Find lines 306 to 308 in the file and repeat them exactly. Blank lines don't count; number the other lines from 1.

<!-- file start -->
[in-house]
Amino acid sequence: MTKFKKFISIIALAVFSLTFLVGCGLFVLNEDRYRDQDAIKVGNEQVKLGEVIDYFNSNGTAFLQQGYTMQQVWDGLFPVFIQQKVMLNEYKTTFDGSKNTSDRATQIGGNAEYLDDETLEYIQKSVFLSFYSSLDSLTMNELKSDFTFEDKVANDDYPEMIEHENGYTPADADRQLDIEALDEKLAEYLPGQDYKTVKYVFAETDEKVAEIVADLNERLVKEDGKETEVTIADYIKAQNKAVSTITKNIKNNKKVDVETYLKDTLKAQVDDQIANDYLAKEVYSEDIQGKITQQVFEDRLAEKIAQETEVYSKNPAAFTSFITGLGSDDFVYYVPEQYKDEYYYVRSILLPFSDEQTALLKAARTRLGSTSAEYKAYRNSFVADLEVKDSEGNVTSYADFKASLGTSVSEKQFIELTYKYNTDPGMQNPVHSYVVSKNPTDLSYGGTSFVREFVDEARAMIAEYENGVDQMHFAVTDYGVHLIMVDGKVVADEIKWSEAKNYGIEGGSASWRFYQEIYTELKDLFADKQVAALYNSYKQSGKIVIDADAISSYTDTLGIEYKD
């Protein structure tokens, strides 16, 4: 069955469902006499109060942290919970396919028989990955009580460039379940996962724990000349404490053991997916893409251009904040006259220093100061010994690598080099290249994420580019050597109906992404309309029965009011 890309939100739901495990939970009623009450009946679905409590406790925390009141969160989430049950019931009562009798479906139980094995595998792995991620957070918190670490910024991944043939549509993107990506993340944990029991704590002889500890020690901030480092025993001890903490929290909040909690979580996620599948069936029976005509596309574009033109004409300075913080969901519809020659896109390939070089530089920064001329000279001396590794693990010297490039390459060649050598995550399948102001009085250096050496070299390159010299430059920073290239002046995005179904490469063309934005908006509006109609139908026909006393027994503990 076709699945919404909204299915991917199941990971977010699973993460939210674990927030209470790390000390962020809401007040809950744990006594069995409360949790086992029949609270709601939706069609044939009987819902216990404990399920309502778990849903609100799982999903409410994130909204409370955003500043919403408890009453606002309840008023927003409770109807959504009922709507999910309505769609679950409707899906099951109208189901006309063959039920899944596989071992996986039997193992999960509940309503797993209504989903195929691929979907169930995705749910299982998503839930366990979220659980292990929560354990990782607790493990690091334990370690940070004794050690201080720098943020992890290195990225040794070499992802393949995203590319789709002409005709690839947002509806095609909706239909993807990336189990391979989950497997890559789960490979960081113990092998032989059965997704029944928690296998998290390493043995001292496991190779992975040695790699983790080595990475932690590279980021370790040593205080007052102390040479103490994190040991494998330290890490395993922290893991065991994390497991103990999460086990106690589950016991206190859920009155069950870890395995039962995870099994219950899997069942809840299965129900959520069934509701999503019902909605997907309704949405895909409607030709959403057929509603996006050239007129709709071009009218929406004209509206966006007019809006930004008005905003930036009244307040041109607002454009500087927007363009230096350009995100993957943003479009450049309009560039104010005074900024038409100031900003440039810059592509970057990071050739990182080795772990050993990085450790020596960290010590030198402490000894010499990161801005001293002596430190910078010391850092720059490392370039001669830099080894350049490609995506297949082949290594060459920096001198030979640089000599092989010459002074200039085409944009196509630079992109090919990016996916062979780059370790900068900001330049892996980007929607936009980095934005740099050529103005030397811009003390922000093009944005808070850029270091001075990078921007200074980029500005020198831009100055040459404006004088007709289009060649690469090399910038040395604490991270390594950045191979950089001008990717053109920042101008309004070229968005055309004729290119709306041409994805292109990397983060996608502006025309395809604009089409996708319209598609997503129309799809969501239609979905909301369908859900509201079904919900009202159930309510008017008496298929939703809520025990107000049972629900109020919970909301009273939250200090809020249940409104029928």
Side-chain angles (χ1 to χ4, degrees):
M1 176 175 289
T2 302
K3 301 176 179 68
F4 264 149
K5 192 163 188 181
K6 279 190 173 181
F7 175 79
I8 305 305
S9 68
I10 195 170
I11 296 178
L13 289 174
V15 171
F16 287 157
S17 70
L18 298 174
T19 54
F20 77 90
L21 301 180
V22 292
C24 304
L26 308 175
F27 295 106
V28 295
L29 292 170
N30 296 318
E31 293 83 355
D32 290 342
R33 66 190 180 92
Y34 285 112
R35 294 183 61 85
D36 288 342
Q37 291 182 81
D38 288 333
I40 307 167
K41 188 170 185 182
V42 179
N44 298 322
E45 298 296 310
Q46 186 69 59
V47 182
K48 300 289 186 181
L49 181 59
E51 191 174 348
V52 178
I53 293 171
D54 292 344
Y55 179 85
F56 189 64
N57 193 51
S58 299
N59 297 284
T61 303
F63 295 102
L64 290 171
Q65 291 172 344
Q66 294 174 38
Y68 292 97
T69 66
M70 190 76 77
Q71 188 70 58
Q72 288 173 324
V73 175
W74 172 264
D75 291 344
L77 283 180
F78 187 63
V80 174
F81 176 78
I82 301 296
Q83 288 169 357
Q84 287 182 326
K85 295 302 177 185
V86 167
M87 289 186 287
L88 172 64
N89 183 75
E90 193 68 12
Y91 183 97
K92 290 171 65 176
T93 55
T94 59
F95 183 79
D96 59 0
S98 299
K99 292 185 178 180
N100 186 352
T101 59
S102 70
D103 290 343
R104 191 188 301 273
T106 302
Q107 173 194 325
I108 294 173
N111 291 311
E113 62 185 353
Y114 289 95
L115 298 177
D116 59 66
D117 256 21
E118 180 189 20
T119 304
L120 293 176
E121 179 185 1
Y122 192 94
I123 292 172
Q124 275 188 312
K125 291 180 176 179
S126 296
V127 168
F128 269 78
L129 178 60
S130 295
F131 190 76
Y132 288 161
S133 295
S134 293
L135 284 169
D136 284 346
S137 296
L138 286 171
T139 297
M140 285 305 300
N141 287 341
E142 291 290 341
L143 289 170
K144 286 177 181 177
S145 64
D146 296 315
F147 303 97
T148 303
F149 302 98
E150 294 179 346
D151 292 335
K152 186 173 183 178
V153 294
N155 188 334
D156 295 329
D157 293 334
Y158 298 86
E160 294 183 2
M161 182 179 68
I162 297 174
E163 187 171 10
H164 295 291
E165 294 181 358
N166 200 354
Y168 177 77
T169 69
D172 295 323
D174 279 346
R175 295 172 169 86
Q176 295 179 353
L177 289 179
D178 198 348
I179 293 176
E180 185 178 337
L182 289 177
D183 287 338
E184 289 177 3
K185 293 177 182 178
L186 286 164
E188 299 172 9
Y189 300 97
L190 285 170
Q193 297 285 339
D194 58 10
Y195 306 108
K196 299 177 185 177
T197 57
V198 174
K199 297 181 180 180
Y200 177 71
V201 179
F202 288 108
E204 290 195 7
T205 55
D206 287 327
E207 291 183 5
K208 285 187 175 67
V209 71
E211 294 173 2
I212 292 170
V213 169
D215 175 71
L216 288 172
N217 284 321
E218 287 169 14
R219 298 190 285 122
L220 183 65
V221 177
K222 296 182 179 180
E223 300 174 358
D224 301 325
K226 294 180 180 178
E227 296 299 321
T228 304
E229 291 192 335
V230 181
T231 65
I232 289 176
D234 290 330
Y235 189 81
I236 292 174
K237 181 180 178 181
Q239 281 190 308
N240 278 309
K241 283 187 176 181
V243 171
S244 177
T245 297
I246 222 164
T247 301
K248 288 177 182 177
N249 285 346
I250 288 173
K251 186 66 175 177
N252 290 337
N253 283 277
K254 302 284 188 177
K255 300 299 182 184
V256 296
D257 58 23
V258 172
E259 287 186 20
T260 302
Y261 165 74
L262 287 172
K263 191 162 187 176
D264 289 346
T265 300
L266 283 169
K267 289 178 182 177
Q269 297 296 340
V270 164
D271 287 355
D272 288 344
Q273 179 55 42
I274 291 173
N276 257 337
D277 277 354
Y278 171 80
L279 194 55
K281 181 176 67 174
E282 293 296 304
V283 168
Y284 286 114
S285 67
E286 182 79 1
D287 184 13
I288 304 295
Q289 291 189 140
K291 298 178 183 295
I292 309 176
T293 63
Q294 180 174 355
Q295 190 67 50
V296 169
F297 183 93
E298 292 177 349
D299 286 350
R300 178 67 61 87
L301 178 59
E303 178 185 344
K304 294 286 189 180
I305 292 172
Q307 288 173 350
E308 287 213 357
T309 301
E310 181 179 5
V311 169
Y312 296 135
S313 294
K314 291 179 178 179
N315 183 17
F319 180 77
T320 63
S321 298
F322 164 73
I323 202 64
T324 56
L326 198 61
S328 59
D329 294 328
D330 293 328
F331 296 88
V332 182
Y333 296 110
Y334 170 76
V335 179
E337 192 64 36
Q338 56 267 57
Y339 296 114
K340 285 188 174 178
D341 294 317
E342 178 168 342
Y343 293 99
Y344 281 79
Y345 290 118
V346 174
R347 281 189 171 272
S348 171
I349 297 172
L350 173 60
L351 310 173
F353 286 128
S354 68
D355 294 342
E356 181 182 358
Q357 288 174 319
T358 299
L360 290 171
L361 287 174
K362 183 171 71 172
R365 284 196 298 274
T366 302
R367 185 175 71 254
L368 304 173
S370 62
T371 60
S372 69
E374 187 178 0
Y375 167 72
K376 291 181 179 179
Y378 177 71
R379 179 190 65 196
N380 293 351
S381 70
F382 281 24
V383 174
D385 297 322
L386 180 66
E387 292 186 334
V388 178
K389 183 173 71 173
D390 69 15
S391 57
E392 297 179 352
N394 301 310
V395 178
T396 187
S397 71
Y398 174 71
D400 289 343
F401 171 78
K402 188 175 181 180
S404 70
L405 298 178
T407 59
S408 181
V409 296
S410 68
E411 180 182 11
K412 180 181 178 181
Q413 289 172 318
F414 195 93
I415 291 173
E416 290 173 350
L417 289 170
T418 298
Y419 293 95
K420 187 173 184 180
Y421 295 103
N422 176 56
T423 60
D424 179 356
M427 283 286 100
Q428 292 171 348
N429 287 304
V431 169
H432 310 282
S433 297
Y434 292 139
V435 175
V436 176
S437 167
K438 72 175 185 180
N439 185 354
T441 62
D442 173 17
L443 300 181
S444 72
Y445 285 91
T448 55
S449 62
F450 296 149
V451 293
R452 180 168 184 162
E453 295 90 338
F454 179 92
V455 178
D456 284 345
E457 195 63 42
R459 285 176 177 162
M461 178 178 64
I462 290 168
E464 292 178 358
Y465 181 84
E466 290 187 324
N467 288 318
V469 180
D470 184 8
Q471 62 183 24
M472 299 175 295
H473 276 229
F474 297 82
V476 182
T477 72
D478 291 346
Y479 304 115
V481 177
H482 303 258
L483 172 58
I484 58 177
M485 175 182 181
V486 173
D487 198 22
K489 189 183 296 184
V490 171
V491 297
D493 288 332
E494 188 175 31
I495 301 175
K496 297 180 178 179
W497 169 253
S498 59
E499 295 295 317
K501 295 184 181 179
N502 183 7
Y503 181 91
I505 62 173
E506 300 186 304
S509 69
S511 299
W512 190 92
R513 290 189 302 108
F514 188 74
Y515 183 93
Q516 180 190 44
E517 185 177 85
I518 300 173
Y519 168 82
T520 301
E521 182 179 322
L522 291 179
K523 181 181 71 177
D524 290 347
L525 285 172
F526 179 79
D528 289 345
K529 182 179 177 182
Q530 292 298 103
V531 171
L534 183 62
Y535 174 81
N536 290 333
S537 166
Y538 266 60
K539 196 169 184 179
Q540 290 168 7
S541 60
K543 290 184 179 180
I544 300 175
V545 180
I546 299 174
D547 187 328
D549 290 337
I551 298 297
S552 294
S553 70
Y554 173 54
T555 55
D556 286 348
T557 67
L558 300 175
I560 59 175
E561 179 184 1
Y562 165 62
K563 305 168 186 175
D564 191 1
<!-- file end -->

S348 171
I349 297 172
L350 173 60